been at sea for more than a week “. Many other refugees confirmed me this version,
in spite of the conclusions drawn in haste by some citizens present at the
landing, who speculated a brief journey, given the good shape of the first landed
migrants. “My journey actually began in 2008, ” says A. ” when I left
Darfur and, after a long journey, I was taken prisoner in Israel. There’s a ruthless
racism there and black immigrants are imprisoned basically just because they
exist. I have been in prison six months, after which I decided to return to Sudan.
I tried again to stay in my country, but I really could not. Every day I struggled
to survive. Thus, six months ago, I left. I was determined to embark for Italy.
And now I am very, very happy of having arrived.”

Many bow to kiss the hot asphalt in gratitude, rub
their hands full of earth and raise them to the sky to thank. ” We’re
alive, we’re safe,” are the first words that I gather also from a Gaza
family: “The only thing that bothers me right now is not being able to
immediately inform those who I have left at home. I want to tell everyone that
I survived”, says M., who fled in early September with his children and his
cousins. Meanwhile, we reach the camp, but unlike other times, migrants are
seated and fed on the asphalted square between the tents, where they will be
exposed to hot sun until mid-afternoon, after the initial identification
process. The operators of Praesidium begin to distribute multilingual
information brochures to provide migrants with the first explanations about
their situation. “Is it true that now not even the Syrians can move? “,
says S., a girl from Aleppo, who translates in English to all her family,
“we do not know yet where to go. We spent two years in Egypt, where my father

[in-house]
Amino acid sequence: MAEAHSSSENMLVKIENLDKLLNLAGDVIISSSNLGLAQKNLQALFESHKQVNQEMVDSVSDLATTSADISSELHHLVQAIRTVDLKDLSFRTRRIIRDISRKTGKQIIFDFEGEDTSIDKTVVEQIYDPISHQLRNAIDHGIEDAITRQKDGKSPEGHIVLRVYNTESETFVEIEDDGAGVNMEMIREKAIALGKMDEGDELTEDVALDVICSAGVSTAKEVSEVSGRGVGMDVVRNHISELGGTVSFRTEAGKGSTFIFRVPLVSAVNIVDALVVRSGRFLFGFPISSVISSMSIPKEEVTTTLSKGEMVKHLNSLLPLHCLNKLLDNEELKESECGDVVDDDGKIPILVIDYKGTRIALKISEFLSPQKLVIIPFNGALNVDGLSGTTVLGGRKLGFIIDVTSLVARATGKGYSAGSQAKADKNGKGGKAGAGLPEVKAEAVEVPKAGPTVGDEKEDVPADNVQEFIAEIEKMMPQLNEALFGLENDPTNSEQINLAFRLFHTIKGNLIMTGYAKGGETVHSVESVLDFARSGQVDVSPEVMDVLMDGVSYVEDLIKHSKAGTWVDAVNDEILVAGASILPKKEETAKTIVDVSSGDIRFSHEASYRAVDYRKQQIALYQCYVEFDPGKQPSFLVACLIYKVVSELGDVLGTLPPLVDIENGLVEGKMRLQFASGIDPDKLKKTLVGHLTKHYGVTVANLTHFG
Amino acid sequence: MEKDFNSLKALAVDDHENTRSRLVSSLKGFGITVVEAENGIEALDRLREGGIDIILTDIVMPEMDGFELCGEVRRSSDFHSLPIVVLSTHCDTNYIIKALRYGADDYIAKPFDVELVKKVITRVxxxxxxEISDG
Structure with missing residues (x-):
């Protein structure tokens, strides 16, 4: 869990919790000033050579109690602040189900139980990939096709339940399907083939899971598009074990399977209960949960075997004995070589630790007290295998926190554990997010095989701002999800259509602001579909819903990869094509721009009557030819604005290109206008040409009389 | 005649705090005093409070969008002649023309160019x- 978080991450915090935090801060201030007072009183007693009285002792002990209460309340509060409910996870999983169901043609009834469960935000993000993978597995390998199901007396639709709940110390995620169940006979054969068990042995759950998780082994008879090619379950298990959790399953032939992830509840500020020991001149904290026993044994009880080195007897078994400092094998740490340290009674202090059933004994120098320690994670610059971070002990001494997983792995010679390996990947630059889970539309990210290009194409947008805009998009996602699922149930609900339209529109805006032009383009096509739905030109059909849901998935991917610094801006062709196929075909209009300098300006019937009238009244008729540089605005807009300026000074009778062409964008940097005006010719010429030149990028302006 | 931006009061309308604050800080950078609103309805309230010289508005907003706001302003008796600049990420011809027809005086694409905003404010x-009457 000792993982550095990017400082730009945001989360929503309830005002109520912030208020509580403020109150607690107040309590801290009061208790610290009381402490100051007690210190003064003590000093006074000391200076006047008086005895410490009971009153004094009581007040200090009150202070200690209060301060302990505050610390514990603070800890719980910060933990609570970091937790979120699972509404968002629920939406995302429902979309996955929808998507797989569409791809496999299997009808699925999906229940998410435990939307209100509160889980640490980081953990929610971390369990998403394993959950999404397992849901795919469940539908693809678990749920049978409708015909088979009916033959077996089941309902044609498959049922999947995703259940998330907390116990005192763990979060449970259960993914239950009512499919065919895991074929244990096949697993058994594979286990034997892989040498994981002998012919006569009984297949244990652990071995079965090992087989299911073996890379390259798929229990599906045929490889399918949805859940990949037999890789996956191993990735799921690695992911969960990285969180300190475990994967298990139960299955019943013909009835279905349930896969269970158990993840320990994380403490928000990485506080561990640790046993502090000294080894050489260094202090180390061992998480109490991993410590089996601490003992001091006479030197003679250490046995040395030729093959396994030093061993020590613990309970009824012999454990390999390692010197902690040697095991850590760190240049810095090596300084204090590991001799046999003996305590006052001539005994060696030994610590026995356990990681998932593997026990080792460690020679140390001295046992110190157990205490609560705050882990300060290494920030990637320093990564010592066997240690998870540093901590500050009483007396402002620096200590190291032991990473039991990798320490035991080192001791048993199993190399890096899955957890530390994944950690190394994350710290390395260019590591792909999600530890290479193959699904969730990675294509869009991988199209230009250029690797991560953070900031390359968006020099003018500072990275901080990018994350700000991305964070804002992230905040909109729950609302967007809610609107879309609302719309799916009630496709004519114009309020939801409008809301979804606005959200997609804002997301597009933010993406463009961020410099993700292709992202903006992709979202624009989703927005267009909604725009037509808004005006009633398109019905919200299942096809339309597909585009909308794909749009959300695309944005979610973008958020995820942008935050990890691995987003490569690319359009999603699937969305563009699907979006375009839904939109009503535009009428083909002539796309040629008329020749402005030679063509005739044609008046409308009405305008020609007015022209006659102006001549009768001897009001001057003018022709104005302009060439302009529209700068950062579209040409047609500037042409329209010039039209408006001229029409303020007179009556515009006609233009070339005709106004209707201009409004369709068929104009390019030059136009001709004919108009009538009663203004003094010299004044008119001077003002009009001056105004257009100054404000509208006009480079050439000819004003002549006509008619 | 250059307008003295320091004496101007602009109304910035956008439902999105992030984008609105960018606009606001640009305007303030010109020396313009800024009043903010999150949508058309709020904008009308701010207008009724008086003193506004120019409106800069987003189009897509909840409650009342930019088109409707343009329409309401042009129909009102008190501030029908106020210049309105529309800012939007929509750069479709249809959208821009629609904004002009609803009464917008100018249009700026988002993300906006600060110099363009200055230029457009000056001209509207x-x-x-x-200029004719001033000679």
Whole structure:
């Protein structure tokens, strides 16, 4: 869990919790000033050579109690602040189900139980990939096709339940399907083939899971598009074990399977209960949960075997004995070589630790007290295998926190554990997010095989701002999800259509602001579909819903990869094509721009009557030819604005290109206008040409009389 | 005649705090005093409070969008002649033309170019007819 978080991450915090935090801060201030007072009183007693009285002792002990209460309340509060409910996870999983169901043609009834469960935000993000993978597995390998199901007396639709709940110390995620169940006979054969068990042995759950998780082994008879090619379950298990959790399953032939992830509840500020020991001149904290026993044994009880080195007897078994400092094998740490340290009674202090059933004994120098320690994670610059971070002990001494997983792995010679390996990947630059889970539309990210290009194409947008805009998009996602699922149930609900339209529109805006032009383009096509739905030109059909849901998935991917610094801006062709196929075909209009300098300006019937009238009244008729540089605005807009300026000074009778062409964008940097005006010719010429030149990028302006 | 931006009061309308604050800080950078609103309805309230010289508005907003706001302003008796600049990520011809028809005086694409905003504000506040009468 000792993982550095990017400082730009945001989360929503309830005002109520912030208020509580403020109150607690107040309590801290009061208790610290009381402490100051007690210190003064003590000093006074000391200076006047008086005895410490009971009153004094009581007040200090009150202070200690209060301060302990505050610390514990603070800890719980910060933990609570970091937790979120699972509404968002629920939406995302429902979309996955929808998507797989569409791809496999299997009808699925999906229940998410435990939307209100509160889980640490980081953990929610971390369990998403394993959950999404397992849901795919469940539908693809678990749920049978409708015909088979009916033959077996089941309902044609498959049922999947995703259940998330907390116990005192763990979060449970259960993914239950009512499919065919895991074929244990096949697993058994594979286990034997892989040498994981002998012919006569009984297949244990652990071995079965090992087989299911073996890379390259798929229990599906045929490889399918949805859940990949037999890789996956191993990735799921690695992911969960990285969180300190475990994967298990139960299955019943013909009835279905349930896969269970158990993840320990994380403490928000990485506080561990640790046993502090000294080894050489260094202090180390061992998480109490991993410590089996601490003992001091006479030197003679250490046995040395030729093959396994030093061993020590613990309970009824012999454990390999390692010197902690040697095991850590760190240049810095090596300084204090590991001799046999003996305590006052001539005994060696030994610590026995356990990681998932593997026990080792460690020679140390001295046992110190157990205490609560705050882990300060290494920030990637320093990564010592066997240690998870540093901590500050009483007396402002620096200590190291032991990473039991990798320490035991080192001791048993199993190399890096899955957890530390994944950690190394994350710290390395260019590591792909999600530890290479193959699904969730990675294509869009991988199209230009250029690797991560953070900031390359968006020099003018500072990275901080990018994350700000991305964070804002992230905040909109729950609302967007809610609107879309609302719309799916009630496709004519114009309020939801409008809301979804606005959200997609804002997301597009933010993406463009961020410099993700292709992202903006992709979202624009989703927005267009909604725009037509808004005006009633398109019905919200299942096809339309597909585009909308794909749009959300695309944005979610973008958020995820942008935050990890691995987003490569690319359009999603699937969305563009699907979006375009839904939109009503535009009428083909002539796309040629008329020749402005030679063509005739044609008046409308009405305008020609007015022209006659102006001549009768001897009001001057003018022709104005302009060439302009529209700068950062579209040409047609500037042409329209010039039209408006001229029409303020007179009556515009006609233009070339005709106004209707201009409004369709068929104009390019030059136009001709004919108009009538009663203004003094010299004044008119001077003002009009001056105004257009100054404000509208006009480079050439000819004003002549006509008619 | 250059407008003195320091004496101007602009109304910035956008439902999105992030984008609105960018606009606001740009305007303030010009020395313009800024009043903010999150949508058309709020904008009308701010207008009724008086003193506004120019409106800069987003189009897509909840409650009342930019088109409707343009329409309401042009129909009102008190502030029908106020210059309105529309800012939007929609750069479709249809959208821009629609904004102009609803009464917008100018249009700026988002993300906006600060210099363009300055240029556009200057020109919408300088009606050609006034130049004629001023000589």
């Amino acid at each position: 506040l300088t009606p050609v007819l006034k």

worked without being paid. Maybe we will stay in Italy, maybe not, but how to
choose? I would just like to go to school and my family would like to live
without fear of death, blackmail, and threats. Because this is the situation in
Egypt right now.”

The 316 landed come from Syria, Palestine, Egypt,
Iraq, Somalia, Eritrea and Sudan.Among them there are also 44 unaccompanied
minors, who are transferred in the centres of Priolo and in the former Schools
“Scuole Verdi” in via Dessiè. We go there a little later and we learn that the
centre already hosts other 115 boys. Back at the camp police operations are in
full swing, with four suspected Egyptian smugglers arrested and sent to
Cavadonna prison, and above all – as reported by the press the next day- with
the grouping of about 28 Egyptian adults awaiting immediate repatriation. This
procedure is performed in fulfillment of the umpteenth agreement signed by
Italy with the Egyptian government. A practice that speaks for itself in front
of the scars, the bare feet and especially the stories, just heard today, told
by who was able to touch the ground. “There are people who were definitely
less lucky than us”,

emphasizes Z. with a small voice, referring to a
friend who lost his life at sea months ago. “What is wrong is the
commemoration. We should not commemorate and mourn, not only. Even the
slaughters are a starting point to claim, and to act.” The next day comes as a
boomerang the news of a shipwreck off Libyan coast.

Another list of people who have not arrived, and friends of survivors who
demand from us concrete actions.

Lucia Borghi

Borderline Sicilia Onlus

by Alessandra Mancini